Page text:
Q4 2010 GDP release has been described in the press as a “shocking contraction”. According to the ONS the bad weather at the tail end of 2010 provided the economic headwinds resulting in the unexpected contraction. The policy divide in BOE articulated by, messrs Posen and Sentence provides an interesting subplot to the disappointing results. The divide amongst the BOE policy is whether to support growth (Adam Posen) or fight the threat of inflation (Andrew Sentance).
Chart.1 Q4 GDP declines Chart.2 Annual Growth Rate Slows
Chart.1 highlights the recent blimp in sequential QoQ growth in UK GDP. If the weather had been normal, the ONS points out that GDP will be “flattish as opposed to declining’’. Chart.2 depicts annual growth rate in GDP and the strong V-shaped recovery. Economic activity peaked in Q1 2008 and reached its nadir in Q3 2009.
According to the ONS the biggest contributors’ of negative growth for Q4 2010 were the construction and business services & finance sectors. However, the Q3 2010 growth rate of 0.7 was attributed to the construction and government sectors.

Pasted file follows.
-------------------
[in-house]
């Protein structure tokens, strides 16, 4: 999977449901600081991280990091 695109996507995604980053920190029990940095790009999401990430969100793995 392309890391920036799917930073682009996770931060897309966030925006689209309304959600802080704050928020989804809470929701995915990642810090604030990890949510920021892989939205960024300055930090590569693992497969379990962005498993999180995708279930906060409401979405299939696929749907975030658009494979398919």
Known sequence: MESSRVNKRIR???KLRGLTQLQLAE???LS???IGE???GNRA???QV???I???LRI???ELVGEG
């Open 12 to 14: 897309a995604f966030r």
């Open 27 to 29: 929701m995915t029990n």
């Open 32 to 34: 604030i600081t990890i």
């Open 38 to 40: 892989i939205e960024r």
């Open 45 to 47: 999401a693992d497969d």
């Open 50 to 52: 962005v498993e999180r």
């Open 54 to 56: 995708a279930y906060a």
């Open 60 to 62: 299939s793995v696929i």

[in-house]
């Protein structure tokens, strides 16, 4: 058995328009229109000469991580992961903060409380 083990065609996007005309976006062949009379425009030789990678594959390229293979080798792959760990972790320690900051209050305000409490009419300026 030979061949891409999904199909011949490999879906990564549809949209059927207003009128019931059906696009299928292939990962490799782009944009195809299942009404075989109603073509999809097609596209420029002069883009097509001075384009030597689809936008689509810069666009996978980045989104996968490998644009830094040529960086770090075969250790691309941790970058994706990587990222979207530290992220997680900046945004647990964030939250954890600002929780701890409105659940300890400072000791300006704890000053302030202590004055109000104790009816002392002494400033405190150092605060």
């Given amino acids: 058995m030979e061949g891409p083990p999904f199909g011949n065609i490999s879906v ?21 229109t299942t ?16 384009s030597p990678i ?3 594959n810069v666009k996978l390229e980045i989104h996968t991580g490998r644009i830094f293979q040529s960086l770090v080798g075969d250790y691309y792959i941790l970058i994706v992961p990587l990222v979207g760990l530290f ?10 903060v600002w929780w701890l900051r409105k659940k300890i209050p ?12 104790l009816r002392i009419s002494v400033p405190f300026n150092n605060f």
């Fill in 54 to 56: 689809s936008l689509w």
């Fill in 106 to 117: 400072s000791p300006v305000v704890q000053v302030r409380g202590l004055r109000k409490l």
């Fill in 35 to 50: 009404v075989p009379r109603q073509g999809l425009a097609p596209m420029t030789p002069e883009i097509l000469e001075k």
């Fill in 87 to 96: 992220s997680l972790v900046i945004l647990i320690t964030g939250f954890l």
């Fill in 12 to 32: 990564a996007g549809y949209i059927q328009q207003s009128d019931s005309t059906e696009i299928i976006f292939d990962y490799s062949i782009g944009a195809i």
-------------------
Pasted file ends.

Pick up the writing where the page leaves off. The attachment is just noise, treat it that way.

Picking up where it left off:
Chart.3 GDP and Components
Chart.3 above highlights the GDP and sector components on a current market value basis, rebased to Q1 2008(peak in GDP). Most evident is the rise in growth from the government sector at the end of Q4 2008, due to the fiscal stimulus. In addition, the precipitous decline in manufacturing and construction activity was followed by strong rebound in these sectors. These two sectors have been supportive to the economic recovery that began in Q3 2009. Construction sector growth is showings signs of waning and may become less supportive to economic growth. However, most sectors except for the government activity are below pre-recession levels.
Due to the impact of bad weather on GDP it is difficult to assess whether the recovery in economic activity has indeed slowed down. We suggest a wait and see approach with respect to assessing the trend in GDP. The ONS estimate of flattish growth is a cause of concern. This may indicate to early of deterioating strength in the recovery of domestic demand. Furthermore, the austerity measures will signal the end of the government’s fiscal stimulus. The absence of support from the government sector may impair the fragile economic growth.
The latest GDP figures added to the uncertainty about the fragility of the UK economic recovery. Without an established downward trend (and potential upward revisions to Q4’10 figures), latest results are not expected to have a significant impact on the course of house prices. Also see http://wp.me/pTU04-46